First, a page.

Monday, July 12, 2010

Your weekly dose: Yeah, I do like living in Gloucester

On a recent visit to the Clipper City to have lunch and a couple of beers with friends at a popular local establishment, one of my friends asked me, almost incredulously, "Do you really like spending this summer in Gloucester more than you did summers here in Newburyport?"

When I answered, "Yes", I thought my friend was going to lose part of his lunch.

He could not believe I could possibly prefer living in, as he put it, "...a dirty old city like Gloucester to a beautiful town like Newburyport."

Now, don't get me wrong, I love Newburyport. I have long standing ties to the community, although I have to say I think the Clipper City had a lot more genuine charm and character when it was not quite the perfectly manicured, almost Stepford-esque movie set that it is today. Newburyport was far more authentic when it had a little more Gloucester and a lot less Nantucket ambience to it.

And knowing many genuine long time locals, and many others, including artists, writers, and musicians, who moved to Newburyport thirty five and forty years ago as "not quite urban pioneers" because, if the truth be told, it was a place they could afford to live, I know I am not alone in that sentiment.

But it is about much more than just aesthetics and nouveau, upscale trendiness. Gloucester has one big quality in great quantity that people love to claim they celebrate in Newburyport, even though, in reality, they have virtually none of it..

The quality I am referring to is diversity.

Gloucester is chock full of it, ethnically, racially, linguistically, and socio-economically.

Newburyport, despite its proclamations celebrating tolerance and diversity and being a "No Place for Hate" community, is, overall, one of the most most racially non-diverse and lily white communities I have ever lived in.

I mean, it's pretty easy to celebrate tolerance and embrace diversity when most everyone in a community looks pretty much alike, speaks the same language, has frosted blonde "bob" cuts, and wears madras shorts and Topsiders .

It's far more difficult to do so when a community is genuinely diverse and struggling with all that that means, both in positive and negative ways, as Gloucester is today.

In the twelve years since I sold my house in the Lanesville section of Gloucester, for example,the number of Latino immigrants in the city has grown significantly.

I see that as something that will, long term, enrich the city, culturally and economically, much the same way the arrival of Italian and Portuguese immigrants did in the late 19th and early 20th centuries.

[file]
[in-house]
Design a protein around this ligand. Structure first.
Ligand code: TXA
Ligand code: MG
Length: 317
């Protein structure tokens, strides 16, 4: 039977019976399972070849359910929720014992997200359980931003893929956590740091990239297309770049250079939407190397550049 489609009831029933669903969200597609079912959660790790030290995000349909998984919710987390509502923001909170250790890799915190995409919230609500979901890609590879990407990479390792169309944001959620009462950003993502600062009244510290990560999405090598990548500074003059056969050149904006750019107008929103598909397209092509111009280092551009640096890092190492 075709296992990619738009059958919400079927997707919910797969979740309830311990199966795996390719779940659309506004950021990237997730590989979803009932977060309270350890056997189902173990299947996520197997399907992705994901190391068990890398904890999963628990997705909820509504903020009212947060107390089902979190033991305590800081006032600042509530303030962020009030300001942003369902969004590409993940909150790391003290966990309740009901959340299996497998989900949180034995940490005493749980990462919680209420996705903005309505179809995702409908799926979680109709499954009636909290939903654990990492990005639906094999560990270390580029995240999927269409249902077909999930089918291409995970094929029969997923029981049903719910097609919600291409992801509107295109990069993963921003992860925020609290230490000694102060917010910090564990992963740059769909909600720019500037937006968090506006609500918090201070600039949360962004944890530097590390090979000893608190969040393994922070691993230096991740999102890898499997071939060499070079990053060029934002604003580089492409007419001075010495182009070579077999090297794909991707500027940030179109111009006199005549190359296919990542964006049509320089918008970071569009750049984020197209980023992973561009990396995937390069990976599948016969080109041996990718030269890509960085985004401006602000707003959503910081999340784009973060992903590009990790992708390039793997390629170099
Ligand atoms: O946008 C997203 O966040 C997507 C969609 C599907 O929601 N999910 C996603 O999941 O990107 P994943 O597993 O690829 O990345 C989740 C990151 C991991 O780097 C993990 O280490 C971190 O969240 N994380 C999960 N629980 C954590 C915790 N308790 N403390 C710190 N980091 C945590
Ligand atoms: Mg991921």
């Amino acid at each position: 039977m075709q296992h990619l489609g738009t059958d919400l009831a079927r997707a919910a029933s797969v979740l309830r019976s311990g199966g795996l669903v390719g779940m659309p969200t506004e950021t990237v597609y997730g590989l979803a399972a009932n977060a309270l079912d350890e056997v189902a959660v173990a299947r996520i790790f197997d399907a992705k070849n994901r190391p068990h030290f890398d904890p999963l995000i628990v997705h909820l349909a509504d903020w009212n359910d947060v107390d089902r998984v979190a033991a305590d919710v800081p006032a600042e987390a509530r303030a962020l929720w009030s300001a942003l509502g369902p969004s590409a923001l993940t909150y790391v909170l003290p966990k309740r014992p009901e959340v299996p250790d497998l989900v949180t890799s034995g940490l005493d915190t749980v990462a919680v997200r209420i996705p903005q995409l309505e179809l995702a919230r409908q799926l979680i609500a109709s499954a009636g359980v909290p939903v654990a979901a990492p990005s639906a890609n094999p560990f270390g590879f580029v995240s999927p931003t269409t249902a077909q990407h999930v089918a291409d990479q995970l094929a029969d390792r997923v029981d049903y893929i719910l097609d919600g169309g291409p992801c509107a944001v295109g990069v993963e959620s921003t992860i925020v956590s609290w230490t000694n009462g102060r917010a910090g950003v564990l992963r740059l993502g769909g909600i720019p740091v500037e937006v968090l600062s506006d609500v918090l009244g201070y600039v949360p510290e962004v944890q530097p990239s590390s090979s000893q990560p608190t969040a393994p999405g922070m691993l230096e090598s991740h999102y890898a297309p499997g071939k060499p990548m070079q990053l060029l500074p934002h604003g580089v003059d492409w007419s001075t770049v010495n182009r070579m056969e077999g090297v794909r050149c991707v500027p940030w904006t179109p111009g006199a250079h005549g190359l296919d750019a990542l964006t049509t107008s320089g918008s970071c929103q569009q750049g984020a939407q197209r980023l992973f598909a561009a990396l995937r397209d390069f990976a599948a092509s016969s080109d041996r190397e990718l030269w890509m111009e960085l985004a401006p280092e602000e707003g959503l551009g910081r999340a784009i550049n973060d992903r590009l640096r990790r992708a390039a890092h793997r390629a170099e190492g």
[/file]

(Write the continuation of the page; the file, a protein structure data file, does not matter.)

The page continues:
My sublet for the summer is located in the heart of downtown - just steps from the harbor front, Pavilion Beach, and a quick ten minute bike ride to Good Harbor. Not a bad location, and it is made even better because on a walk through the neighborhood with my dog, I know I will encounter a truly diverse community.

When I shop at the downtown Shaw's near my house, I am as likely to hear Italian, Portuguese, or Spanish spoken as I am English.

A stroll down Main Street into the East End guarantees I'll hear Luciano Pavarotti belting out some Puccini in Italian on the outside speakers at Virgilio's bakery. Can you imagine what would happen in Newburyport if, say, Agave, the Port Tavern, or Oeganos pumped Mexican, Irish, or Italian music out onto the street in an attempt to bring some cultural diversity to town?

Perish the thought!

A block from my apartment is an incredible Brazilian grocery store, and my new neighbors in the apartment on the first floor of the house I live in are a young Guatemalan couple who are celebrating the birth of their first baby - a boy.

The husband and young father, Diego, is a sous chef at the restaurant I work in. This young man has a work ethic few native born Americans could ever match and his commitment to his family is more than admirable, it is inspiring.

So, yeah, to answer my friend's question, "I am enjoying living again in Gloucester. It's not that it's 'better' than Newburyport. It's just 'different' and, frankly, it is a more honest and real community that is far more representative of the new America emerging in the early 21st century than Newburyport could ever claim to be, at least at this point in time."

Michael Cook
Gloucester &
Puerto Viejo de Limon, Costa Rica

formerly of Newburyport


Anonymous said...